Histologically, the band of dense lymphoid tissue seen in LECs is absent from squamoid cysts. The absence of mucinous epithelium can be used to distinguish retention cysts from squamoid cysts. Additionally, nuclear p63 expression, a marker of squamous/transitional epithelium in nonneoplastic epithelial cysts, can be found in the basal layers of the cyst lining upon immunohistochemical staining.40 In addition, all squamoid cysts reported to date have expressed the intercalated duct centroacinar cell markers MUC1 and MUC6.40 Nevertheless, squamoid cysts are often mistaken preoperatively for potentially malignant lesions such as MCNs.

Squamoid cystosis of pancreatic ducts

Foo et al.20 reported a rare case of multifocal cystic dilation and squamoid metaplasia of the distal pancreatic duct system, suggesting an extreme variant of SCOP, which they termed squamoid cystosis of pancreatic ducts. In their report, marked chronic pancreatitis around the involved ducts and a small traumatic neuroma near the junction between the affected and unaffected pancreatic parenchyma were revealed.

Mucinous nonneoplastic cysts

The term mucinous nonepithelial cyst was first described by Kosmahl et al.41 in 2002. They reported five cases of a novel nonneoplastic cystic change in pancreas. This benign cyst is lined with a monolayer of cuboidal to columnar mucinous epithelium and appears as unilocular or multilocular. Communication with the pancreatic duct has not been observed.
The pathology of MNCs are characterized by mucinous differentiation of the lining epithelium, lack of cellular atypia or increased proliferation, a thin rim of almost acellular supporting stroma and the absence of communication with the pancreatic ducts.41 MNCs are considered benign and have not been found to demonstrate any neoplastic features such as dysplasia, proliferative activity, invasive growth patterns, or metastatic spread to date.
The incidence of MNCs is 2.1% to 3.4% in resected pancreatic lesions. MNCs are found over a wide age range (20 to 88 years), but tend to be more common in females over 50 years of age.42 Pancreas head (65%, 13/20) is the most frequently location of MNCs. Most MNCs present as a single cyst (70%, 14/20), with only 30% presenting with multiple lesions.42 Finally, most MNCs have been found incidentally and their clinical presentations are usually nonspecific. The pathogenesis of MNCs is unclear. Cao et al.43 proposed that they might be related to acinar-ductal mucinous metaplasia. The key clinicopathological features of MNCs include: (1) mucinous differentiation of the lining epithelium; (2) lack of cellular atypia or increased proliferation; (3) a thin rim of supporting, almost acellular stroma; (4) lack of communication with the duct or biliary system; and (5) preferential localization in the pancreatic head.41 It is currently not clear if these cysts are entirely benign or represent the earliest elements of the neoplastic spectrum, which is seen in most mucinous cysts. In the case of MNC, it is clear that further molecular analysis must be pursued to assess this novel lesion's place on the spectrum of adenoma to carcinoma.44 MNCs represent a diagnostic challenge, as they often mimic IPMNs and MCNs clinically and radiographically. EUS-FNA obtained cyst fluid often demonstrates elevated CEA levels, making differentiation between benign and premalignant lesions difficult.44 The absence of characteristic ovarian type stroma can be used to distinguish MCNs from MNCs, and absence of pancreatic ductal communication can exclude IPMNs from MNCs. Atypical epithelial cells, if present, favor neoplastic mucinous cystic lesions and may be a marker to exclude MNCs. A recent study reported that MNCs have a positive apomucin phenotype, which may distinguish them from IPMNs.43,44 Nevertheless, these analyses can only be carried out on postoperative gross specimens, and are not useful for preoperative diagnosis.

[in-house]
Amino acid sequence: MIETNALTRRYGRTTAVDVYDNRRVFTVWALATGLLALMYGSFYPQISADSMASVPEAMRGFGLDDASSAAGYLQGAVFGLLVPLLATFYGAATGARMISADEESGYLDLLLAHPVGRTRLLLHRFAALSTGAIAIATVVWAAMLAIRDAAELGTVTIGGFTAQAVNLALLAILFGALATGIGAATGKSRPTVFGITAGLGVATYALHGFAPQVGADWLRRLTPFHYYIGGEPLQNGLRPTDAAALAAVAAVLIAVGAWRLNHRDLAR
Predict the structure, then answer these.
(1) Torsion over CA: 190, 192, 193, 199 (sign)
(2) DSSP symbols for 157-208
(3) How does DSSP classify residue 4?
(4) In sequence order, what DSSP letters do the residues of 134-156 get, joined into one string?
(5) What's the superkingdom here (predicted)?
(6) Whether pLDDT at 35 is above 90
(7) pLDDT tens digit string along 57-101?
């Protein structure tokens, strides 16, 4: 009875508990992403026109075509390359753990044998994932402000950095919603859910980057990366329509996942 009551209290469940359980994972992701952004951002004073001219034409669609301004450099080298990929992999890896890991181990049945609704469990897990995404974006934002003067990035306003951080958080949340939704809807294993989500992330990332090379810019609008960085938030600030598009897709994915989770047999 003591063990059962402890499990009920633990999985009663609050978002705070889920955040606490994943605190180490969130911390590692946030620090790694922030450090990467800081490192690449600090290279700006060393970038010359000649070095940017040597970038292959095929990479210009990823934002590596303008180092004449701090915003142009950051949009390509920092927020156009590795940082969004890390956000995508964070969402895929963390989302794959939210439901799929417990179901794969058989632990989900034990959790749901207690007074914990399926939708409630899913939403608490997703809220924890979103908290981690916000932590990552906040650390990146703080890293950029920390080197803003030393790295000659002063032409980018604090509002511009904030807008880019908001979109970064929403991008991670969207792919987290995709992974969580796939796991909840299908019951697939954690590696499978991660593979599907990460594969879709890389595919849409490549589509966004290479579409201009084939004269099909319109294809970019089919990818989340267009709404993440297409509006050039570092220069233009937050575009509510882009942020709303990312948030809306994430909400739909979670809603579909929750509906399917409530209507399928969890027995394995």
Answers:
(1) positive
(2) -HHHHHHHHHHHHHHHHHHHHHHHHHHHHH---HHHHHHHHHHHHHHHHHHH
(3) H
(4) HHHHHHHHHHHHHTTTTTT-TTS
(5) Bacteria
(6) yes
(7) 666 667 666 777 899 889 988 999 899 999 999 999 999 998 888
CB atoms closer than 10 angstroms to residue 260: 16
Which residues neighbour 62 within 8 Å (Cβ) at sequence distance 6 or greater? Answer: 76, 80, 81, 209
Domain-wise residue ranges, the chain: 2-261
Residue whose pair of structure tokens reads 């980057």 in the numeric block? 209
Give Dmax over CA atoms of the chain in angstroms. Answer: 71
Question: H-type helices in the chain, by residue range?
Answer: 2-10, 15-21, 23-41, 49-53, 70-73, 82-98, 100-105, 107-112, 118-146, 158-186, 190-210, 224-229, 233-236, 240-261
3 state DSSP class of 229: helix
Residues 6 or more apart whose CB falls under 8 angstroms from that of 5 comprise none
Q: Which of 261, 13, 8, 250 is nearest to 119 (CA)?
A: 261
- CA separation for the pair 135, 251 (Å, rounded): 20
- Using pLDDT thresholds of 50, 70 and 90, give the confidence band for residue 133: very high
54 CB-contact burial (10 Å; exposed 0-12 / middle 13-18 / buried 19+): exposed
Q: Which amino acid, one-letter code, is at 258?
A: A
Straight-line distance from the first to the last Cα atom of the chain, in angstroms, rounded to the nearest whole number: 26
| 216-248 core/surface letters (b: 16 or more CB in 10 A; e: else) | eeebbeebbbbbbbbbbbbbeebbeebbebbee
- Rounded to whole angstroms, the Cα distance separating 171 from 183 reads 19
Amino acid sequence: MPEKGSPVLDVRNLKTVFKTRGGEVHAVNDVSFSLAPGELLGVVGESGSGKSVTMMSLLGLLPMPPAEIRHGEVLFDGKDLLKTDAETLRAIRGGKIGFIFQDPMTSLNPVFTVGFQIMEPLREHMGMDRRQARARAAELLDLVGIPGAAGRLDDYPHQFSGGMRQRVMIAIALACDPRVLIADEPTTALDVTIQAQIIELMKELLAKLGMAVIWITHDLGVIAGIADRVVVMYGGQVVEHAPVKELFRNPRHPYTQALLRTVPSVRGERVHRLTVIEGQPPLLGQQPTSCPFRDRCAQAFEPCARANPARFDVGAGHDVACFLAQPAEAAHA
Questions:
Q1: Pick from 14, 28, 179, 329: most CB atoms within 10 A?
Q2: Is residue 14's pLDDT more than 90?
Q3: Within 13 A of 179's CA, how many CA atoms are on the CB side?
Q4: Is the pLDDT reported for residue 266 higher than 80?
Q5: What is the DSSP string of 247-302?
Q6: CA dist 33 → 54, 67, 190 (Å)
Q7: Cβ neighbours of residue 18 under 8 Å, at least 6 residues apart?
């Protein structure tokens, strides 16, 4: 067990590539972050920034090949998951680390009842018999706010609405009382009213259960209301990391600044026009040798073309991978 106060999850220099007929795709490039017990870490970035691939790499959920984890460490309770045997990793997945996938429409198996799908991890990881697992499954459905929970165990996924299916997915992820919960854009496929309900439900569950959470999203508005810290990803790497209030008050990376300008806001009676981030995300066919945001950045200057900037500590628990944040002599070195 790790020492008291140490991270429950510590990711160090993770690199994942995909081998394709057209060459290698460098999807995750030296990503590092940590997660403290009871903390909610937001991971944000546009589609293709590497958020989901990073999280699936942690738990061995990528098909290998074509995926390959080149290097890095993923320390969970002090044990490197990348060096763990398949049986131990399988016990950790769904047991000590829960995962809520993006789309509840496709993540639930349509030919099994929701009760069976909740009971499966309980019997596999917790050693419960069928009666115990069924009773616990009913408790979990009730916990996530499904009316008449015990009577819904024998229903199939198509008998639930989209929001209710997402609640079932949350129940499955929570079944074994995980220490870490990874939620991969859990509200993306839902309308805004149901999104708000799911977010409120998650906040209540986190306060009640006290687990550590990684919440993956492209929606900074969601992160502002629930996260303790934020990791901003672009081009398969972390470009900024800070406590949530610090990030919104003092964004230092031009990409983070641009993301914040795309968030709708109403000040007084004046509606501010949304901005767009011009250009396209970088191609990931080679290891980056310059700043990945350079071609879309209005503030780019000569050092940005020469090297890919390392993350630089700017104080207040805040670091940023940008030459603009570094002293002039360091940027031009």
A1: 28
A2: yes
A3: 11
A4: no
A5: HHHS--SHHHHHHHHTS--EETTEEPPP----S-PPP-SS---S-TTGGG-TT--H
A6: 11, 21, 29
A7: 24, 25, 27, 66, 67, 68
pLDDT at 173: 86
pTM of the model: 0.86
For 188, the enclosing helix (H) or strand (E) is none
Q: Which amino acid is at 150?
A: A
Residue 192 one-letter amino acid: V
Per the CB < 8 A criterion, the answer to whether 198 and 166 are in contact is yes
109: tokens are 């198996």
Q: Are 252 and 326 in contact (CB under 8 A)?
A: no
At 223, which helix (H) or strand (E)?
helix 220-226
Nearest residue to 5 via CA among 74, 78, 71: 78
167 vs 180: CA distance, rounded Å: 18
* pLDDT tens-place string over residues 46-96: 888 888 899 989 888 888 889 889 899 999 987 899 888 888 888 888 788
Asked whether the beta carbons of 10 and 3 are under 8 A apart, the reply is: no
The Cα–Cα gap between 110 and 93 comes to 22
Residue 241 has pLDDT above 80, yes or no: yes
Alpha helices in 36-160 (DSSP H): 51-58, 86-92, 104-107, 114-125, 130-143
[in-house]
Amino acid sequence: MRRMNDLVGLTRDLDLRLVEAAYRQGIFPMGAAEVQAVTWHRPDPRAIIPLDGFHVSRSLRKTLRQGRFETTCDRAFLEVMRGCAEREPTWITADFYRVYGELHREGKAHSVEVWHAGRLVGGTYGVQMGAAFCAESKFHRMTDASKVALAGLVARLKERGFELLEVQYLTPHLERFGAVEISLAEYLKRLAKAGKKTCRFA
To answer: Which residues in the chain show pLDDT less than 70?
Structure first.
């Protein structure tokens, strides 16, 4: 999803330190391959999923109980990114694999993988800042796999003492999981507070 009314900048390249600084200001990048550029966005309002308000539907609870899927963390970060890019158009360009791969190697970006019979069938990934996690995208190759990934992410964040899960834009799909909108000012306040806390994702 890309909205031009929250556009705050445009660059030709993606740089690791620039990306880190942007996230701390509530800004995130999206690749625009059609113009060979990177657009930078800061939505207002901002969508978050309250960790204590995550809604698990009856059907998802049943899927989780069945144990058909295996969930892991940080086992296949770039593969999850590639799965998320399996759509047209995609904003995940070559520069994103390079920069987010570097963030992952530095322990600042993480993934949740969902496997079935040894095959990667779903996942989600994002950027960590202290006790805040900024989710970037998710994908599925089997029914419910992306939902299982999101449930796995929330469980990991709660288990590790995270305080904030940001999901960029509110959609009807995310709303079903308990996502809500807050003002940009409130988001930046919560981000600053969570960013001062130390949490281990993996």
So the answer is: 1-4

In a previous investigation of mucin expression in MNCs, expression of Muc 5Ac and Muc1 was reported in 14 of 20 (70%) and five of 20 cases (25%), respectively. Expression of Muc2 was not observed in any of these cases.41,43 The images of MNCs upon MRI may be indistinguishable from that of MCNs, especially if the cysts are large and have thick walls. FNA cytology of the epithelium of MNCs shares that of retention cysts. Retention cysts can be excluded based on the absence of potential causes or evidence of ductal obstructions; however, this is not always possible. Nonetheless, although EUS-FNA could not distinguish MNCs from retention cysts, treatment and prognosis will not be affected owing to the benign nature of both diseases.6 If the diagnosis of MNCs is doubtful, surgical resection is a reasonable strategy (Figs. 10,11,12).